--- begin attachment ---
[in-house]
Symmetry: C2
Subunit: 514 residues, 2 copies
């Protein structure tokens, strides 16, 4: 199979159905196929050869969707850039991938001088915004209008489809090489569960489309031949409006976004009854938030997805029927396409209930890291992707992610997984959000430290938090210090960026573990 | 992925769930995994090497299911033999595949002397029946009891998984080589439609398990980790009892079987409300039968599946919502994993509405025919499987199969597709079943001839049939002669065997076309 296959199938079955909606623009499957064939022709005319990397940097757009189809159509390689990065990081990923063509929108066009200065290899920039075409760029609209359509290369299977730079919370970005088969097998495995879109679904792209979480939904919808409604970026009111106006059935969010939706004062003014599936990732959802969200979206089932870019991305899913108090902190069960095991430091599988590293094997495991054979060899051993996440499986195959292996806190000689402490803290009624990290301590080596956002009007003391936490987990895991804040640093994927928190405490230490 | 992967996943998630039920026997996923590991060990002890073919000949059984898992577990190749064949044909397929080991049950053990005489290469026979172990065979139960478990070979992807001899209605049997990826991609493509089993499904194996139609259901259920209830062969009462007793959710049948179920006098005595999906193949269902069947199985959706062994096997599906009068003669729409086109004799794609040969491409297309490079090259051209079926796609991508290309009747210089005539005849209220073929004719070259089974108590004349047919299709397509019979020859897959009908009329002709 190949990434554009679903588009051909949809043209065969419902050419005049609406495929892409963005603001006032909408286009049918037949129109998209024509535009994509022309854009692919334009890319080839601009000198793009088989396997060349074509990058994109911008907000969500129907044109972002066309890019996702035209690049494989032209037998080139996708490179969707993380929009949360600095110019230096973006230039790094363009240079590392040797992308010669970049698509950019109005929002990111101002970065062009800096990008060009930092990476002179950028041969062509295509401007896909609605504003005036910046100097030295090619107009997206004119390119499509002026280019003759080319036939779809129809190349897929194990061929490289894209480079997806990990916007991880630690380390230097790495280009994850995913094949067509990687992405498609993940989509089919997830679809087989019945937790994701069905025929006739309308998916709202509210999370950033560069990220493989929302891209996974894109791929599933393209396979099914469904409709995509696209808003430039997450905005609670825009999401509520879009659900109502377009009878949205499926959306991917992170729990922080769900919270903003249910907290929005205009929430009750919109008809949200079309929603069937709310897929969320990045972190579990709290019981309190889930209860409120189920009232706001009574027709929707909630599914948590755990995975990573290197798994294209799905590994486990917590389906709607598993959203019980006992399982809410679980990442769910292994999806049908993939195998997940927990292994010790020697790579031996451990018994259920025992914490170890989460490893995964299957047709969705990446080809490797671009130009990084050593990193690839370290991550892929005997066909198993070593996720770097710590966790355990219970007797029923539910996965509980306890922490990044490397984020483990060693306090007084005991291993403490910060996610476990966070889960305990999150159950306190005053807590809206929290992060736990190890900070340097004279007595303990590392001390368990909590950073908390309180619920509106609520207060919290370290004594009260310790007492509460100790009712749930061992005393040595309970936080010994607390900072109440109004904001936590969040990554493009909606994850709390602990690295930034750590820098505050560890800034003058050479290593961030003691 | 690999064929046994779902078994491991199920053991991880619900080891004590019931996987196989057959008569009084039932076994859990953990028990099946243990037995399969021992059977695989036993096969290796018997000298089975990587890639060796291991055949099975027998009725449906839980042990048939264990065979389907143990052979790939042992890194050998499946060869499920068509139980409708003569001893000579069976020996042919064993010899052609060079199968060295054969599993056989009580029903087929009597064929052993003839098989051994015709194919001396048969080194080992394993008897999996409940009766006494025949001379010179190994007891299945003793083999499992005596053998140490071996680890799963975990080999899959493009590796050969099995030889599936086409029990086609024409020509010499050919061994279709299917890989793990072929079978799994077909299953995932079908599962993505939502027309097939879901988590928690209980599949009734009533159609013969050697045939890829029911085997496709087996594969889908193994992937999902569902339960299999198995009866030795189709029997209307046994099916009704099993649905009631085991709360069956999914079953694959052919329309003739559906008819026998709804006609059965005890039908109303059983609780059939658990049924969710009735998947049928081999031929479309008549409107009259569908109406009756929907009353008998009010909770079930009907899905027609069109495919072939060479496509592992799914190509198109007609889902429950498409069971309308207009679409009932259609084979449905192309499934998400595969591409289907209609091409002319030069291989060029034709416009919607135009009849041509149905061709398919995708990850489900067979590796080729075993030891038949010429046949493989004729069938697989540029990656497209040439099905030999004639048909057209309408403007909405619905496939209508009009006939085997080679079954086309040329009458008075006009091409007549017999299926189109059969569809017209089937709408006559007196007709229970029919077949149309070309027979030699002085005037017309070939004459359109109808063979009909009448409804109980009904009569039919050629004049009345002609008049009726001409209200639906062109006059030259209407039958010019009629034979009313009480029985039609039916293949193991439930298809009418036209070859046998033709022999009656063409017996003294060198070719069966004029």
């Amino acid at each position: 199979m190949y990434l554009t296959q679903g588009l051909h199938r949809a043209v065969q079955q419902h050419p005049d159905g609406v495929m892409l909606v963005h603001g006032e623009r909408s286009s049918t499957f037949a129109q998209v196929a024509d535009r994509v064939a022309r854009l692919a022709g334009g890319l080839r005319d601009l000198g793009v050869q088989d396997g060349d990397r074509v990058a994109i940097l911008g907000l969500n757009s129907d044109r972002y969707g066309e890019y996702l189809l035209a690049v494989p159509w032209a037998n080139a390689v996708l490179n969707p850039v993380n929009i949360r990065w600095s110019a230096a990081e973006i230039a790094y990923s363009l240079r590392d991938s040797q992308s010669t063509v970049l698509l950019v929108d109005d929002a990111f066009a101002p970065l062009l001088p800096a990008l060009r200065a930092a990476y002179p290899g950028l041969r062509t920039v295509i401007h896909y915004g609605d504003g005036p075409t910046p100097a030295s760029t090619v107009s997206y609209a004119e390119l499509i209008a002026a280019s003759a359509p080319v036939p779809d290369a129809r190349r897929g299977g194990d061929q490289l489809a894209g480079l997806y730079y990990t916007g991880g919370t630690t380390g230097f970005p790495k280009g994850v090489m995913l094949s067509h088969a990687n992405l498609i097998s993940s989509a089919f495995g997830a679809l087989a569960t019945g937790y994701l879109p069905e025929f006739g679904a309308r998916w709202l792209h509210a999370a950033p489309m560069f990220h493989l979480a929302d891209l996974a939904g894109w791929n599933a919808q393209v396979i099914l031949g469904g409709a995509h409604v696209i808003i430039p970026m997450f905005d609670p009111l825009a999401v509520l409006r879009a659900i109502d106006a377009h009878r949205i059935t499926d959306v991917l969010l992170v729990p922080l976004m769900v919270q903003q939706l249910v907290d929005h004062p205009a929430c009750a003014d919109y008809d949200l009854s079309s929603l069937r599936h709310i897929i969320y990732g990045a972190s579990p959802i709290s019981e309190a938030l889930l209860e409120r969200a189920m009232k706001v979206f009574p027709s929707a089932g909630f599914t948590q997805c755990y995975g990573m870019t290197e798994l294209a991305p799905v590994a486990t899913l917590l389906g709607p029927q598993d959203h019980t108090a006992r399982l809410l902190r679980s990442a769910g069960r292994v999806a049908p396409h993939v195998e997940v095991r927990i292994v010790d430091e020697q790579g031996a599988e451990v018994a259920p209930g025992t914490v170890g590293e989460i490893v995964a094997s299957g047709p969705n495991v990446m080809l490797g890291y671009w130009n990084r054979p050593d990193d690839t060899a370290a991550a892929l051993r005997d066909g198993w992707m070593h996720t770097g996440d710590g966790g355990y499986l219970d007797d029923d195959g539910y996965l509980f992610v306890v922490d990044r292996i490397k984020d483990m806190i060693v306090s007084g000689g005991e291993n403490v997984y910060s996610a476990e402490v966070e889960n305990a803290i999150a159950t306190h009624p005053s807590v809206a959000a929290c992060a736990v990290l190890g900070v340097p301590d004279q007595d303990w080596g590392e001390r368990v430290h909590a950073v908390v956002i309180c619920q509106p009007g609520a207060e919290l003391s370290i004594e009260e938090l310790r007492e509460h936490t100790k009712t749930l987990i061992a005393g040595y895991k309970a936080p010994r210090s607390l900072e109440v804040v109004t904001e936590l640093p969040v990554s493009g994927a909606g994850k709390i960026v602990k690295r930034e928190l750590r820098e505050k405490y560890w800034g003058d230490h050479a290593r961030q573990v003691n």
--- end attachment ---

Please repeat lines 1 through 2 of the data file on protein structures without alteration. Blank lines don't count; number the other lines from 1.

[in-house]
Symmetry: C2